We are joining teams with Dissent Magazine to celebrate the launch of the magazine’s Spring issue, “Border Crossings,” featuring a discussion with Vivek Bald, Gaiutra Bahadur, Jack Tchen, and Minh-Ha T. Pham, moderated by Michelle Chen. The panel will start at 7:30 p.m. sharp. To read Dissent’s Spring issue for free, sign up for their email newsletter by March 31: http://www.dissentmagazine.org/blog/read-our-spring-issue-for-free
Labeled everything from model minorities to national threats, immigrants often tread a precarious path between fear and acceptance, being exoticized or reviled, between viewed as one of “us” or one of “them.” How have different immigrant groups navigated the divisive cultural politics of these real and imagined borders? And more importantly, how have they challenged them?
Drawing on historic and contemporary photographs, art, fashion, advertisements and pop culture featuring South Asian, Chinese, Indo-Caribbean and other migrants, Vivek Bald (author of Bengali Harlem: Exploring the Lost Histories of South Asian America), Gaiutra Bahadur (author of Coolie Woman: The Odyssey of Indenture), Jack Tchen (author of Yellow Peril! An Archive of Anti-Asian Fear) and Minh-Ha T. Pham (author of Asians Wear Clothes on the Internet) discuss the cultural politics of migration.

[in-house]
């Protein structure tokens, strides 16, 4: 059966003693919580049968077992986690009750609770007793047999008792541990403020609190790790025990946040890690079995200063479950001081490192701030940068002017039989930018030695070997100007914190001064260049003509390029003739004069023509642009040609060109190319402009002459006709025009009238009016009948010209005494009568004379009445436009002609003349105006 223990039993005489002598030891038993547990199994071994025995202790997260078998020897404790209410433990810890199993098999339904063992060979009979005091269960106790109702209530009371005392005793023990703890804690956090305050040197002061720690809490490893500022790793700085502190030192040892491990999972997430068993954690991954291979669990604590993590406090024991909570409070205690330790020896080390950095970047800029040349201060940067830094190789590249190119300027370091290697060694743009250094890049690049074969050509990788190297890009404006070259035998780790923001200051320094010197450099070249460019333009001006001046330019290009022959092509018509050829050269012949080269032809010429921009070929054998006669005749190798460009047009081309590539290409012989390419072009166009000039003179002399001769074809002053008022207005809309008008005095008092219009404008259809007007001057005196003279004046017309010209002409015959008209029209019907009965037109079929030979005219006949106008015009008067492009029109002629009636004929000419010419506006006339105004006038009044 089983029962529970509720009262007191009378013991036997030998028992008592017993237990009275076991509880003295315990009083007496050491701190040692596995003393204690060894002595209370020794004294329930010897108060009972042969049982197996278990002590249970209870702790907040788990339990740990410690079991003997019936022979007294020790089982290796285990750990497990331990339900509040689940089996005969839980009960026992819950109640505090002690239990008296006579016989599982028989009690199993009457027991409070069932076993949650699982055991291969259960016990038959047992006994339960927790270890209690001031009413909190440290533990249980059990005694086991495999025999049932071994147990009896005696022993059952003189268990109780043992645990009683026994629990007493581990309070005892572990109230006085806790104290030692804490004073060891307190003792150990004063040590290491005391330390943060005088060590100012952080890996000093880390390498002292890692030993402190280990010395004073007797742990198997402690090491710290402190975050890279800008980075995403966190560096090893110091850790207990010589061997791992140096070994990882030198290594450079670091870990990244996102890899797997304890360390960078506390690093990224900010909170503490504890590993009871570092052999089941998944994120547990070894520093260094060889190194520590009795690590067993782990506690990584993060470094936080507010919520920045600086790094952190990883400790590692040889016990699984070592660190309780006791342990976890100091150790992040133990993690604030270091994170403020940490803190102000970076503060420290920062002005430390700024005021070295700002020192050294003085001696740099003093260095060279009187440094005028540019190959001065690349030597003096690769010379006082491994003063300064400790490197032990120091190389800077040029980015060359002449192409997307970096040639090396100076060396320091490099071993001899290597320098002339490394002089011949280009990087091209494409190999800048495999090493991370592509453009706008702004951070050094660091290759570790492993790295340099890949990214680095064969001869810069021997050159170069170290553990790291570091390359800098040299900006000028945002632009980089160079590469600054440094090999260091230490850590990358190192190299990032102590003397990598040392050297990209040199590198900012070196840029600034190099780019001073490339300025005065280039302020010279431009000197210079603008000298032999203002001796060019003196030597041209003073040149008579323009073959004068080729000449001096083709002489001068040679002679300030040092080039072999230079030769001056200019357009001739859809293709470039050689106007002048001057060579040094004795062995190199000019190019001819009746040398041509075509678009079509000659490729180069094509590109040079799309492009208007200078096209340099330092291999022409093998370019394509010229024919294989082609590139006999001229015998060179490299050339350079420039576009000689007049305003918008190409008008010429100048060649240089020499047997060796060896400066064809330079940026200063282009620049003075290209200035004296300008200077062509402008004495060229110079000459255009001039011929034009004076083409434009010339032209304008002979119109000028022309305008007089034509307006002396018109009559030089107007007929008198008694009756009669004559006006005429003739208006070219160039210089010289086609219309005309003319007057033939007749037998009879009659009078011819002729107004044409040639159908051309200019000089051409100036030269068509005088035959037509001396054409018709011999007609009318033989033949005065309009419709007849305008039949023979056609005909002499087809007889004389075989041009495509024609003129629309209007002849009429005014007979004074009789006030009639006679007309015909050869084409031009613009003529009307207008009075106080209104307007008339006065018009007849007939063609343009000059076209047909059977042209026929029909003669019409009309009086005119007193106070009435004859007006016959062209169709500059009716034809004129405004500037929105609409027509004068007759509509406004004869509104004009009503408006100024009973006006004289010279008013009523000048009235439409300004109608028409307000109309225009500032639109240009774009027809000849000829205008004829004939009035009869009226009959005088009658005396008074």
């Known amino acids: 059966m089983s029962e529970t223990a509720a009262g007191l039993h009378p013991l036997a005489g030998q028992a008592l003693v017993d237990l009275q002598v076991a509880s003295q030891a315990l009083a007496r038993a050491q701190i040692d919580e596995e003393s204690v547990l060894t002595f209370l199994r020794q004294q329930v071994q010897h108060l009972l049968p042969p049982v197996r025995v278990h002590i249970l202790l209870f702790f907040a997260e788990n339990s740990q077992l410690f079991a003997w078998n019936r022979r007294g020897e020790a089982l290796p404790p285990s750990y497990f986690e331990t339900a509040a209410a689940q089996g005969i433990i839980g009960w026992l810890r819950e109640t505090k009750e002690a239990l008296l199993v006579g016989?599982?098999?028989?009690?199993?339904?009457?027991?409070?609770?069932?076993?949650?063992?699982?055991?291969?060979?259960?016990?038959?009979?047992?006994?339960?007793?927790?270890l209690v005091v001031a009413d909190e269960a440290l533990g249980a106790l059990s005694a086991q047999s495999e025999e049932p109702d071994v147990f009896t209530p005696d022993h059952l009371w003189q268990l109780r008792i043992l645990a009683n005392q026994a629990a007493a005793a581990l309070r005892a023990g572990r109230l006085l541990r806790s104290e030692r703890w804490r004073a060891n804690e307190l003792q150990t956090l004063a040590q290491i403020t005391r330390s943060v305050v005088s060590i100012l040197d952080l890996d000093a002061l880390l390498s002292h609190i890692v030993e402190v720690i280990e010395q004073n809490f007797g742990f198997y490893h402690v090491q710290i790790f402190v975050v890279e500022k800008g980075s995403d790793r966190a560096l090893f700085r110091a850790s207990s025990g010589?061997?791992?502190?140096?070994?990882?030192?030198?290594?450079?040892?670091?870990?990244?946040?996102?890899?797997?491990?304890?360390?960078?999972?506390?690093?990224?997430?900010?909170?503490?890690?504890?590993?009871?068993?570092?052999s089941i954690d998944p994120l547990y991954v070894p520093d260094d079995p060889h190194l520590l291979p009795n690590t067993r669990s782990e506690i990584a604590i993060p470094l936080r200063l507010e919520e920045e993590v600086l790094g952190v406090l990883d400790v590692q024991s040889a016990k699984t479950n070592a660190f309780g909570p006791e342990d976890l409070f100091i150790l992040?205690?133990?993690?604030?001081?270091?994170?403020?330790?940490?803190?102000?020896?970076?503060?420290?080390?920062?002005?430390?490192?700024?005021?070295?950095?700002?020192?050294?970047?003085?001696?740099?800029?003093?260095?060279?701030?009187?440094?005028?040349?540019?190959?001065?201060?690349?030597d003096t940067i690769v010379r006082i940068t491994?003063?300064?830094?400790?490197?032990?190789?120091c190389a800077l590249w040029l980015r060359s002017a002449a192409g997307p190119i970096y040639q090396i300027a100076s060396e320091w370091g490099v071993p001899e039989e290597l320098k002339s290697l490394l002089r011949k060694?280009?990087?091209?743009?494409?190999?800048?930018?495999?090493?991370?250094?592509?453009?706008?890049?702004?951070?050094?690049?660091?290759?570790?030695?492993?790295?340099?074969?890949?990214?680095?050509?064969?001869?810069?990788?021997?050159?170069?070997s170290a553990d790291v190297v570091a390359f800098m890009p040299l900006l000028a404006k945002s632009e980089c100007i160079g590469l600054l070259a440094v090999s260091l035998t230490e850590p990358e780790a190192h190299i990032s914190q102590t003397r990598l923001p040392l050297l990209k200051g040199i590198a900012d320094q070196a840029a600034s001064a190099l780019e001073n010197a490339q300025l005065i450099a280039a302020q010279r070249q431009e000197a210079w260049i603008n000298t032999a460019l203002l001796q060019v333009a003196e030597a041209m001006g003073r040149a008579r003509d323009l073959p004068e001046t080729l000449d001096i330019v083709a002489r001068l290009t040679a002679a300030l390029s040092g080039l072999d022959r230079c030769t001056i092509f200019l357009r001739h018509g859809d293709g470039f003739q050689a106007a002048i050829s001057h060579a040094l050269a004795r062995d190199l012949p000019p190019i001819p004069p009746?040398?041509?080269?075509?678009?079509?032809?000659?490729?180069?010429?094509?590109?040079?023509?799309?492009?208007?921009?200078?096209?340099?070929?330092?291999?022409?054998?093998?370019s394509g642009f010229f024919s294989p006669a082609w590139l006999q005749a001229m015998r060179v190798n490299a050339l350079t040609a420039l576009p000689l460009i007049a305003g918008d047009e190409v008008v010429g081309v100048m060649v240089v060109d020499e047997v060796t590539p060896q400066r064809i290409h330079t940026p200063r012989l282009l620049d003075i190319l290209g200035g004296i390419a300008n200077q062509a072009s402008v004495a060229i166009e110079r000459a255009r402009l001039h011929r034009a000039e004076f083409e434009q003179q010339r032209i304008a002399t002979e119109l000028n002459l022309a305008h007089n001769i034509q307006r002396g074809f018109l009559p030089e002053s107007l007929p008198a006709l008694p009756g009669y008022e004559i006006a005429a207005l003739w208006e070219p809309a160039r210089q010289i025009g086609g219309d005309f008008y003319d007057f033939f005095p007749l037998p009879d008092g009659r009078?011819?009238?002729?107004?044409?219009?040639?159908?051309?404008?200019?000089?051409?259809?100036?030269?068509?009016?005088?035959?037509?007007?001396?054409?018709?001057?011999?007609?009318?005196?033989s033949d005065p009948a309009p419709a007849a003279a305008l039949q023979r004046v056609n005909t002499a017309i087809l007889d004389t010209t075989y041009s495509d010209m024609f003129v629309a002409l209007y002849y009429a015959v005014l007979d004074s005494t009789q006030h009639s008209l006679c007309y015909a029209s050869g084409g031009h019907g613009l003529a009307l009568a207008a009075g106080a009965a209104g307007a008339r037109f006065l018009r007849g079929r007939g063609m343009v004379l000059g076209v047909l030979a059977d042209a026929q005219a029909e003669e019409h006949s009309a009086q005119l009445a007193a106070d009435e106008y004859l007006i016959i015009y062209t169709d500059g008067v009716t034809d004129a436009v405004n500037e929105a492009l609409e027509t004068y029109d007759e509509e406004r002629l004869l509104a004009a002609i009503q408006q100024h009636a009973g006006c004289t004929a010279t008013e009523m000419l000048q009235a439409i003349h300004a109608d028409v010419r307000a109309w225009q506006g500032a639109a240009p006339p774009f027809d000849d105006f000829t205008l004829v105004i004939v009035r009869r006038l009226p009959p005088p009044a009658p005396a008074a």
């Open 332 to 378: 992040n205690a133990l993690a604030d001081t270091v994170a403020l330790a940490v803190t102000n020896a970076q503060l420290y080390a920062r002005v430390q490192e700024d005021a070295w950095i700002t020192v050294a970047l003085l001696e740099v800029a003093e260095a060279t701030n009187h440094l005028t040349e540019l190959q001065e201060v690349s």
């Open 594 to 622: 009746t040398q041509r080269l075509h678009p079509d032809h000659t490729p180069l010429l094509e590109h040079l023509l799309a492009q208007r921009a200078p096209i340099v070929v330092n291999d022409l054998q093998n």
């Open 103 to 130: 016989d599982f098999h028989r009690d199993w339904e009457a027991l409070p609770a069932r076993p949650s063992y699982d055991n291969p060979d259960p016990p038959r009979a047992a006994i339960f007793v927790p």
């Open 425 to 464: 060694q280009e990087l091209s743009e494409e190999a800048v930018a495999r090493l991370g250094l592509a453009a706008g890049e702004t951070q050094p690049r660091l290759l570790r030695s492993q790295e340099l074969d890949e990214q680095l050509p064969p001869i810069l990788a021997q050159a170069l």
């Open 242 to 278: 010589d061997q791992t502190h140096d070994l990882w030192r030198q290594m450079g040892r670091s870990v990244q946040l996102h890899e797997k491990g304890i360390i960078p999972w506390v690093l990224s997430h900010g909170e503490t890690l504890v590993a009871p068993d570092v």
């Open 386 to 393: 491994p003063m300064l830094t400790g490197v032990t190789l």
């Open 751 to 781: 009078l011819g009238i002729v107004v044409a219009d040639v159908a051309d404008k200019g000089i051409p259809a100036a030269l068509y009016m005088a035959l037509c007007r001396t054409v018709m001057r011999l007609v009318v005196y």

VIVEK BALD is a scholar and filmmaker whose work focuses on histories of South Asian migration and diaspora. He is author of Bengali Harlem and the Lost Histories of South Asian America and is currently working on his second book, The Rise and Fall of ‘Prince’ Ranji Smile: Fantasies of India at the Dawn of the American Century. He teaches media studies and writing at MIT.
GAIUTRA BAHADUR is the author of Coolie Woman: The Odyssey of Indenture (University of Chicago Press, 2013), which was shortlisted for the 2014 Orwell Prize.
JACK (JOHN KUO WEI) TCHEN is a scholar and author of award-winning books such as New York before Chinatown: Orientalism and the Shaping of American Culture, and more recently, of Yellow Peril! An Archive of Anti-Asian Fear published by Verso in 2014. He regularly collaborates with filmmakers and media producers, artists and collectors, and through the A/P/A Institute sponsors and produces hundreds of programs and performances.
MINH-HA T. PHAM is an interdisciplinary scholar focussing on how race, gender, and class shape contemporary fashion media technologies, conditions, and practices. Her forthcoming book Asians Wear Clothes on the Internet, which examines personal style blogging within the broader history of fashion labor, is due out in October 2015.
MICHELLE CHEN is the co-editor, with Kaavya Asoka, of the “Border Crossings” special section in the Spring 2015 issue of Dissent.
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